Lawrie Zion on the strengths of the South Korean filmmaking scene.
The very idea that there is a vibrant film industry pumping out blockbuster after blockbuster in South Korea is a recent novelty to even the most ardent film observer. For several years, a growing range of historical dramas and often violent action thrillers from Seoul have created a growing sense of intrigue at film festivals, and prolific director Kim Ki-duk was even the subject of an eye-opening retrospective at Melbourne a couple of years ago.
But nothing quite prepares you for just how strong the local filmmaking scene appears to have become. As part of a recent delegation for a media forum organised by the Australia-Korea Foundation, I was as startled as any of my other compatriots to learn that more than half of all tickets sold at South Korean cinemas this year have been for locally made films, and that the two most popular movies, Taeguku and Silmido, were home-grown blockbusters. The comparison is especially striking for a journalist whose summations of the Australian industry have routinely chronicled the sorry event that the comparable local figure now struggles to reach one tenth of that percentage.
What has made Korea's industry one of the world's most successful, and one of the most resilient to Hollywood's onslaught? Certainly not government funding. Although active in the marketing of local product through its Korea Film Council development, assistance and film funding simply isn't available through government agencies in Seoul to anything like the extent that it is in Australia.
Nor, on paper at least, would there appear to be real opportunities to fashion a vibrant overseas sales market for local fare, although in recent years Japan has emerged as a keen buyer for South Korean product.
And while Australian private investment in films remains at terrifyingly low levels, Korea's corporate sector seems only too keen to get behind the current film boom to an extent that Australian producers would envy. In late November, one production company even decided to source funding by opening up a website for potential investors.
How has Korea's industry grown so quickly? After all, a decade ago, local films were only attracting a modest 10-15 per cent of the box office pie - a figure not all that much at variance with the Australian film industry in some of its better years.
Where Korean films have been able to harness a structural advantage over their Australian counterparts is through rules governing the exhibition sector. While there are no quotas in place to ensure that Australian movies get shown on the big screen, Korean cinemas are obliged to reserve up to 40 per cent of their session times for local content. This arrangement is augmented by a network of a dozen arthouse cinemas, which screen around 60 per cent Korean arthouse content.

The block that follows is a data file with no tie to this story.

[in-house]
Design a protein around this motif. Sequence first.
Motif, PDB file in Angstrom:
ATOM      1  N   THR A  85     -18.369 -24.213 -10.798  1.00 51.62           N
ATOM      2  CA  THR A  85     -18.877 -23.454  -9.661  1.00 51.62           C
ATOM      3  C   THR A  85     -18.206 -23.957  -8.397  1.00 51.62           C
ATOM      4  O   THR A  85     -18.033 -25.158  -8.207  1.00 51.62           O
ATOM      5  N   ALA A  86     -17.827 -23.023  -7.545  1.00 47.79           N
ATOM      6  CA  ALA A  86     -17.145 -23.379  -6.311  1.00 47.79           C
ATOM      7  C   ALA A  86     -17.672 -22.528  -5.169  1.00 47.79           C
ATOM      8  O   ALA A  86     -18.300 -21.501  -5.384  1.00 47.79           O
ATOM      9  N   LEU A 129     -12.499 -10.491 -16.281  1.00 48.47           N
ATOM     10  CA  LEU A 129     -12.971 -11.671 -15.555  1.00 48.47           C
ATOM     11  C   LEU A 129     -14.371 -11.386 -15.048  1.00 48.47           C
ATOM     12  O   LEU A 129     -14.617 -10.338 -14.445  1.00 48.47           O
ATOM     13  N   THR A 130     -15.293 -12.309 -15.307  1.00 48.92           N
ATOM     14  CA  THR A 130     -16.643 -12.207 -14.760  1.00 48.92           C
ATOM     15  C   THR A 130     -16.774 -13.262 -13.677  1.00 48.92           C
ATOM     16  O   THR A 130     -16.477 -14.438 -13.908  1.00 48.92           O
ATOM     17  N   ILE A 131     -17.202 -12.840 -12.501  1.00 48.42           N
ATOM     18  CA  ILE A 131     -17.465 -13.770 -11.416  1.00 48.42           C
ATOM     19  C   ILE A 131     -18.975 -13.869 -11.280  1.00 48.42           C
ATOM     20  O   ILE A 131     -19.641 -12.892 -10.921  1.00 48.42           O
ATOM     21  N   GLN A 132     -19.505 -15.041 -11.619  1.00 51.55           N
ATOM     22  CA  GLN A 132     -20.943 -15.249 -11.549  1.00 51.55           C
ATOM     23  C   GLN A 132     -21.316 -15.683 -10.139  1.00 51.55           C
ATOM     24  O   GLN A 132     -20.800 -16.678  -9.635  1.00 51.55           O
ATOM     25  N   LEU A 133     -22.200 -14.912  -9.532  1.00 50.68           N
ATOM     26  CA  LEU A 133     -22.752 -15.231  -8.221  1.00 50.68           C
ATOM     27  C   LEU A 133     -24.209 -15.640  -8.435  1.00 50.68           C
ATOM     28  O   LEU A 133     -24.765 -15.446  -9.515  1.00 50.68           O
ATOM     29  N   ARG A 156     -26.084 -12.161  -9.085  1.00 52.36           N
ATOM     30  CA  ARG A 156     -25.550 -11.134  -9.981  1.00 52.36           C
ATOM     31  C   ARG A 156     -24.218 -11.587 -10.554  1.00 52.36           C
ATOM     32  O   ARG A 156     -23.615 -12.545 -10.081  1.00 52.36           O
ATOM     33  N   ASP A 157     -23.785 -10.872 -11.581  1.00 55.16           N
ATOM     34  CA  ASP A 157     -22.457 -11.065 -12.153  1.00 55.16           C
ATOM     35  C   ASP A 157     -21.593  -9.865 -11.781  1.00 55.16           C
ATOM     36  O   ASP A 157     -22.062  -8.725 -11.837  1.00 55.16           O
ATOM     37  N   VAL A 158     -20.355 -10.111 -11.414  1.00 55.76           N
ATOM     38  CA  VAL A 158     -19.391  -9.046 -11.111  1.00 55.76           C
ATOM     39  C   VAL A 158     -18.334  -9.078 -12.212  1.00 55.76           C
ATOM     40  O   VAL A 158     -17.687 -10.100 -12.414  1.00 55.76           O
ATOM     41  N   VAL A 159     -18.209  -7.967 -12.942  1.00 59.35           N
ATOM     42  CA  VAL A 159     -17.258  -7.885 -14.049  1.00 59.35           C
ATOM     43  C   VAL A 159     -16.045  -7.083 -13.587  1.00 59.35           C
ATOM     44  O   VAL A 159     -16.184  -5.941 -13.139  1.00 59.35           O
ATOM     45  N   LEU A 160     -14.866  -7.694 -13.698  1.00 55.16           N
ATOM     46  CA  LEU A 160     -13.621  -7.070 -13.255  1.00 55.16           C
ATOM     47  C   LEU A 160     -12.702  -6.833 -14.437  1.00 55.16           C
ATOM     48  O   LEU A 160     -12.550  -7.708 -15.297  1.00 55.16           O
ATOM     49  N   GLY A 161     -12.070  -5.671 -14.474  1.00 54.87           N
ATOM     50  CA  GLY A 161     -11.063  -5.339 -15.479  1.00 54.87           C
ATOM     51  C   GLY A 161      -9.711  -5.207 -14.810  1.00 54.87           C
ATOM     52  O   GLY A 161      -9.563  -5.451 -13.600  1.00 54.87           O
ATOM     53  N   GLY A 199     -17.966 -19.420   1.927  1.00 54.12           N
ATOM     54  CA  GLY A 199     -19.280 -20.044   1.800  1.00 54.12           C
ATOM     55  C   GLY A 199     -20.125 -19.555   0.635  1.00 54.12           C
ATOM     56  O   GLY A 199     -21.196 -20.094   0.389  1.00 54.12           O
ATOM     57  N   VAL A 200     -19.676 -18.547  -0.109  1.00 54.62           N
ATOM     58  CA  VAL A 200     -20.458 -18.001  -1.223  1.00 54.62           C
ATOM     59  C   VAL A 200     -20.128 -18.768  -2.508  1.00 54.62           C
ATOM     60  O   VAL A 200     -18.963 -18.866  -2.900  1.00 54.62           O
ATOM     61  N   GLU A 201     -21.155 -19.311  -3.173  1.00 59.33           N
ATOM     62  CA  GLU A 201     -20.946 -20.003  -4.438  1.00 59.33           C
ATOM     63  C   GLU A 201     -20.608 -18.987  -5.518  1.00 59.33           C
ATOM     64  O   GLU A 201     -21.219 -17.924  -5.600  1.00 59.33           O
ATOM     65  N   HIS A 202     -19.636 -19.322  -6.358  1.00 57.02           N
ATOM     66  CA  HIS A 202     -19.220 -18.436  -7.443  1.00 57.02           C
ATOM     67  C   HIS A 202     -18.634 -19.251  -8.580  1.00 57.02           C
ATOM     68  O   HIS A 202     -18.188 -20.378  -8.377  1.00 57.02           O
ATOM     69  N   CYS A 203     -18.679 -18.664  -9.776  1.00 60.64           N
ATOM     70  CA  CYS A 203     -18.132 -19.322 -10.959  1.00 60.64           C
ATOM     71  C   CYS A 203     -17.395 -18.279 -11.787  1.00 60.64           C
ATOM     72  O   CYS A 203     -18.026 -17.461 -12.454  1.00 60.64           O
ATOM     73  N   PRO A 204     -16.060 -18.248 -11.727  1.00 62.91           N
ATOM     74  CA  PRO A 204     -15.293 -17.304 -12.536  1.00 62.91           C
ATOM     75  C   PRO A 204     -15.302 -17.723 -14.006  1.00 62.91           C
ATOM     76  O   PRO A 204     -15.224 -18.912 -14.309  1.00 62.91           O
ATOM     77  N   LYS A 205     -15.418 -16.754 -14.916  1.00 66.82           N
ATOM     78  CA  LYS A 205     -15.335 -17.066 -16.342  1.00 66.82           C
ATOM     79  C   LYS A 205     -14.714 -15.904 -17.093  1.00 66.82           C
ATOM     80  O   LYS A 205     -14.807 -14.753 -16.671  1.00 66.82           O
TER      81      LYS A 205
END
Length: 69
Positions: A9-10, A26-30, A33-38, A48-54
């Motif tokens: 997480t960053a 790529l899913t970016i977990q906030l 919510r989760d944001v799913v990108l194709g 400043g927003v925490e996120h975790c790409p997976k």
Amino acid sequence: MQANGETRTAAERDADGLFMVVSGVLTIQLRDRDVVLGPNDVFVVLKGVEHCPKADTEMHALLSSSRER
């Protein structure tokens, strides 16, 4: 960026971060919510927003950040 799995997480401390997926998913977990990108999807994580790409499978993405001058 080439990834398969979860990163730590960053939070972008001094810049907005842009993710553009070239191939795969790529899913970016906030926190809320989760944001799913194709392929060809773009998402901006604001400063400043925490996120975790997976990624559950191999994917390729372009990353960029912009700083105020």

Although there are in-built flexibilities - cinemas can decide, for the most part, when to schedule local product, the reality is that it is not difficult for Korean cinema-goers to find their own stories on the screen - a striking contrast to the situation in Australia, where there are sometimes no local films in cinemas at all during the summer period, which - as everyone knows - is the time of greatest audience availability.
How important is the screen quota when it comes to the domestic boom in Korean movies? It's hard to say; and it would certainly be simplistic to suggest this has been the primary reason for the rise in the quality and quantity of local product. The real answer will no doubt become clearer if current moves to have the quota reduced succeed. Both the Americans - with whom the Koreans are negotiating a bilateral trade deal - and Korea's Fair Trade Commission recently said it violates competitiveness.
Backing up the quota system is an investor-friendly environment that means companies such as Samsung get behind new productions, providing a substantial share of the budget. And while Australia's so called star system is diluted by the dispersal of so many of our biggest names to the international arena, it was clear at the recent Pusan International Film Festival that most of Korea's big name actors and directors can attract an almost overwhelming degree of paparazzi excitement.
Colliding with such frenetic displays of enthusiasm for local stars at Pusan, I was constantly reminded in the best possible way of the fact that I was in an environment that, for all its familiar trappings (multiplex cinemas, nice hotels, long queues at festival offices), was still profoundly foreign. Just days earlier, I had arrived in a country which, despite being Australia's third-largest trading partner, is all too rarely discussed in our media.
With Korean films now beginning to move beyond the festival circuit and into our arthouse cinemas, audiences will have unprecedented opportunities to experience Korean cinema. Let's also hope that industry conferences such as SPAA also seize the moment and invite Korean producers to share their insights with us later in 2005. It might be that the specifics of that country's success are hard to replicate elsewhere. But we need to find out more.
Lawrie Zion is the film writer with 'The Australian'. He was part of a recent Australia-Korea Foundation delegation that attended a media forum in Seoul, and the Pusan International Film Festival.